Shavuot: Matan Torah and Shabbat
The Torah tells (Shemot 19:10) that when G-d first summoned Moshe to the top of Mount Sinai, He instructed Moshe to have Beneh Yisrael prepare themselves “today and tomorrow” for Matan Torah, which would occur on the third day. G-d gave this instruction on Wednesday, and so the plan was for the nation to prepare on Wednesday and Thursday, and for the Torah to be given on Friday. Remarkably, however, the Gemara teaches that Moshe added an extra day of preparation. He decided that the people should prepare for a third day, and the Torah should be given on Shabbat. G-d consented, and the Divine Presence did not descend upon Mount Sinai until Shabbat morning.
Why was it so important for the Torah to be given on Shabbat?
Rav Shemuel Kaidanover (1614-1676), in his Birkat Shemuel, explains that there is a Torah in the heavens which differs from the Torah we have down here on Earth. The heavenly Torah is associated with “Din” – strict judgment, whereas the Torah here on Earth is associated with “Rahamim” – compassion and kindness. We are unable to observe the heavenly Torah, because we humans, unlike angels, are inherently flawed and limited. Therefore, when the Torah was given to us from the heavens, it needed to undergo the modification necessary for it to become the Torah of kindness which is suitable for our worldly existence. As imperfect human beings, we need the Torah of compassion and kindness, and cannot live by the Torah of the heavens, which is characterized by strict and harsh judgment.
For this reason, it was so vitally important for Matan Torah to take place on Shabbat. The Zohar writes that the six days of the workweek are characterized by the governance of “Din,” the divine attribute of justice. This is why on workdays we are forced to work hard and endure the stress and pressure of trying to earn a living. Shabbat, however, is the day of “Rahamim,” when we enjoy the bounty of G-d’s blessings without having to invest hard work and exertion. This quality of Shabbat is alluded to in the verse in Parashat Bereshit (2:2), “Va’yechal Elokim Ba’yom Ha’shebi’i” (literally, “G-d completed on the seventh day”). This phrase may be read to mean that “Elokim” – the divine attribute of justice – is eliminated on the seventh day. This is a day marked by kindness and compassion, when harsh judgments are suspended. Therefore, Moshe ensured that Matan Torah would occur on Shabbat. The process of bringing the heavenly Torah down to our world necessitated the special quality of Shabbat, the attribute of kindness which is in force on this day.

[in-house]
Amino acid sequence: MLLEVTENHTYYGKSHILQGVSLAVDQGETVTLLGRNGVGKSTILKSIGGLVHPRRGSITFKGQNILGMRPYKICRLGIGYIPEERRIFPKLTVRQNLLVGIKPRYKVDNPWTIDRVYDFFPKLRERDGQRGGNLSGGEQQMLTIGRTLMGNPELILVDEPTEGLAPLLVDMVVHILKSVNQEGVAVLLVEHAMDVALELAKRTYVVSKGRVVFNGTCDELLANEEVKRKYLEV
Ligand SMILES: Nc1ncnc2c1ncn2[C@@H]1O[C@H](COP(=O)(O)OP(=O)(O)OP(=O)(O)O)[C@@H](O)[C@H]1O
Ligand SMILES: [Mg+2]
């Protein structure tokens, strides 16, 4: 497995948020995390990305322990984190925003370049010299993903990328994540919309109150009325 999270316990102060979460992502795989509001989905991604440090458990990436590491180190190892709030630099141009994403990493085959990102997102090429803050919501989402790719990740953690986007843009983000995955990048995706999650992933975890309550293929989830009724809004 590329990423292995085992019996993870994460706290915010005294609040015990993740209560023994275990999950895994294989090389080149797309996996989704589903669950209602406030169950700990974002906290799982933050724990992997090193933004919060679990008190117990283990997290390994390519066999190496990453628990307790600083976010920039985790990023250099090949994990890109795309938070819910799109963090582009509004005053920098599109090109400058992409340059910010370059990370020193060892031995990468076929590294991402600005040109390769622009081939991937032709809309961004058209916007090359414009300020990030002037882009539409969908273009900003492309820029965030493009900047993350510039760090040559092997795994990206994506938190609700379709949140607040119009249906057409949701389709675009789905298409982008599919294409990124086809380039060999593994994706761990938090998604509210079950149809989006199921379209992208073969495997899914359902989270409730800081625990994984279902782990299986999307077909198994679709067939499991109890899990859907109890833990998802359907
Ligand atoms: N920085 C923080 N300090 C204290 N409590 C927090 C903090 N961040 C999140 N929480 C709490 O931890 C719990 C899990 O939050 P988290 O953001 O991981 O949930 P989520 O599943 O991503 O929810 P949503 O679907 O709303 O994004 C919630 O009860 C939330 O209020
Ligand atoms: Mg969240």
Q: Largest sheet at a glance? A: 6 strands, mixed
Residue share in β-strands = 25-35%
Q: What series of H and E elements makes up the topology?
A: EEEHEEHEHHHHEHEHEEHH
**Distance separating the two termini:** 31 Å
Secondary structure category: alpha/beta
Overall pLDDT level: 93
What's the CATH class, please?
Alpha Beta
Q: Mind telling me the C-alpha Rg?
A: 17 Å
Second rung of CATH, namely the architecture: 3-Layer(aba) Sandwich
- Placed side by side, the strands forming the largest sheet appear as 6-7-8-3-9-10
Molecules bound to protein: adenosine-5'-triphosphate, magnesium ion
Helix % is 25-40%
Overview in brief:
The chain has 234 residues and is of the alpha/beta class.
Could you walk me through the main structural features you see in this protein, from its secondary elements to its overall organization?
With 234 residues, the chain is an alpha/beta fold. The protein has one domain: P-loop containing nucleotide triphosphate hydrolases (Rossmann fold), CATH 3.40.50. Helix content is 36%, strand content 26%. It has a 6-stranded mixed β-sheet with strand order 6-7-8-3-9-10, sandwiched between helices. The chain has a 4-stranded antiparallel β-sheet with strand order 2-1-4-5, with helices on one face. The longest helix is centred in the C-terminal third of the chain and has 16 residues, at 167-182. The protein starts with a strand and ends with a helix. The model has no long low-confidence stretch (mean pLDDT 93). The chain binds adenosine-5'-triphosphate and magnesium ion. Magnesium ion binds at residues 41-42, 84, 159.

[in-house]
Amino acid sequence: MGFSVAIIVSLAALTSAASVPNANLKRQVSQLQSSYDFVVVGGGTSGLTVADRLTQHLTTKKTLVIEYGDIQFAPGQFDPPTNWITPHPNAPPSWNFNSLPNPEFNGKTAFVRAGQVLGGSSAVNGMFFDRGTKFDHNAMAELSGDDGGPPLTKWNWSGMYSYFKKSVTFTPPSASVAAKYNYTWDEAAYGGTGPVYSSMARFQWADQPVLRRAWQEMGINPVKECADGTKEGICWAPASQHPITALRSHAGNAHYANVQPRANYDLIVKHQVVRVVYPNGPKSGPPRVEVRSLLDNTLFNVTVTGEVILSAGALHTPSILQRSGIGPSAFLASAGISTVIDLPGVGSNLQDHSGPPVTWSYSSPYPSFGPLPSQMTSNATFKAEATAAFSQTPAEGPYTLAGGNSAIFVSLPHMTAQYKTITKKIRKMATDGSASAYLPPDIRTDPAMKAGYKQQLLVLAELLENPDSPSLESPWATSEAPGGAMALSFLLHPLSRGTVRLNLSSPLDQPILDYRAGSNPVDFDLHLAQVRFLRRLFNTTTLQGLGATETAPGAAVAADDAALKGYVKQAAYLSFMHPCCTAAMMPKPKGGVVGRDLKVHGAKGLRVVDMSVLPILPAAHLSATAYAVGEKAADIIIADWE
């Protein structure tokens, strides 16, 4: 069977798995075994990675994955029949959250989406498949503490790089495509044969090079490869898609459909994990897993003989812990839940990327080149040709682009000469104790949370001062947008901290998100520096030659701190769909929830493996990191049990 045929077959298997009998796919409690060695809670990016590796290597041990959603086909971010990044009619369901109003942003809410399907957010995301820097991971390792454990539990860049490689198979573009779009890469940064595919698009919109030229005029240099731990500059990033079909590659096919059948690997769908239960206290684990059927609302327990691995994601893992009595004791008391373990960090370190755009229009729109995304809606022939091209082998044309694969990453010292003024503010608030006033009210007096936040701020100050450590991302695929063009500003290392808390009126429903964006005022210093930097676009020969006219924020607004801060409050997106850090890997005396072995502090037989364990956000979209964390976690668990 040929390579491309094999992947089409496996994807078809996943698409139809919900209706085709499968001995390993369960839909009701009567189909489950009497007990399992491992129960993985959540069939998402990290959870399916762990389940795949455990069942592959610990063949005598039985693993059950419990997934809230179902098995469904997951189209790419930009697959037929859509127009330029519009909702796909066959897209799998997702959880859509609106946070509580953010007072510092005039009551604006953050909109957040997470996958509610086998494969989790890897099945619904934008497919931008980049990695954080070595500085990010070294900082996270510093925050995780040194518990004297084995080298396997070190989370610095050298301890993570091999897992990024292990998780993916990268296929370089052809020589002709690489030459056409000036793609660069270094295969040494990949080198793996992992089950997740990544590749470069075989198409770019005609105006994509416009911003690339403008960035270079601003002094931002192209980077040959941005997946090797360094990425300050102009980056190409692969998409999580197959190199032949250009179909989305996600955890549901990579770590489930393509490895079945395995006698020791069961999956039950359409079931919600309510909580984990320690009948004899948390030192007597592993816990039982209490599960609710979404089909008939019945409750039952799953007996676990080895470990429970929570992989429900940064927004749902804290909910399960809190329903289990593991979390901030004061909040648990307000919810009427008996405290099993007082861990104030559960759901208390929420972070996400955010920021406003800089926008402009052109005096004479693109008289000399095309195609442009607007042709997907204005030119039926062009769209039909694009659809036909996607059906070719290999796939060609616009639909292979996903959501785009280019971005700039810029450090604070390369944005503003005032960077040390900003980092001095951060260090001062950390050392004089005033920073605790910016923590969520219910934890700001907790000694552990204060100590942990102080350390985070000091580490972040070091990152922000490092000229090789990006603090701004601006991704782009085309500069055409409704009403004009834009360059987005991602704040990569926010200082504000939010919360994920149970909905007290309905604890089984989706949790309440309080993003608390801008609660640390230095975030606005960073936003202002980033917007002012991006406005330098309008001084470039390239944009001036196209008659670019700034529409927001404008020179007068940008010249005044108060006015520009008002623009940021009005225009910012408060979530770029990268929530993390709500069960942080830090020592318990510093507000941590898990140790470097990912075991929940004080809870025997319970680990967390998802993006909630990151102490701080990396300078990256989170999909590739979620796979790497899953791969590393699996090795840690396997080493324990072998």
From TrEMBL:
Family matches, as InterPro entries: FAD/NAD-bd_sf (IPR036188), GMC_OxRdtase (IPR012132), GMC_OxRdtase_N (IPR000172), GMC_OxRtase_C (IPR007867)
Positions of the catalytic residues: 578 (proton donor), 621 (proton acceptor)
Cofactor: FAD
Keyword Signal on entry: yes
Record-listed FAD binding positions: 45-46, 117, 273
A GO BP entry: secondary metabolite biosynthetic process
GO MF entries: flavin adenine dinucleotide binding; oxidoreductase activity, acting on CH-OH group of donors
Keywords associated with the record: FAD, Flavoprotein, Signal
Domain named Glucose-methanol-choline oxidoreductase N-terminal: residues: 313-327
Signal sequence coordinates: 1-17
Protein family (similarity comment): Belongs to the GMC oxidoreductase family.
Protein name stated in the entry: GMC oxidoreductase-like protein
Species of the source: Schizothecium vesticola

The story is told of a man who came before the Hafetz Haim (Rav Yisrael Meir Kagan of Radin, 1839-1933) asking for the great Sage’s blessing. The Hafetz Haim asked the man if he observed Shabbat, and the man answered in the negative.
“Then I cannot give you a blessing,” the Rabbi said. “Shabbat is called ‘Mekor Ha’beracha’ – the source of all blessing. If you do not observe Shabbat, then you do not have access to the source of blessing. My blessing, then, would be useless.”
In light of what we have seen, we can understand this story more clearly. It is only because of Shabbat that the Torah is a Torah of kindness and compassion. Without Shabbat, the Torah would be characterized by harsh judgment, and according to those standards, none of us are worthy of G-d’s blessings. We can earn G-d’s blessings only through the divine attribute of kindness, which is applied to the Torah only because of Shabbat.
The great blessings of Torah are thus dependent on Shabbat. By ensuring to obey the laws of Shabbat and spending it immersed in Torah and prayer as we should, we gain access to the wellsprings of G-d’s kindness and compassion, and we thereby become worthy of His blessings.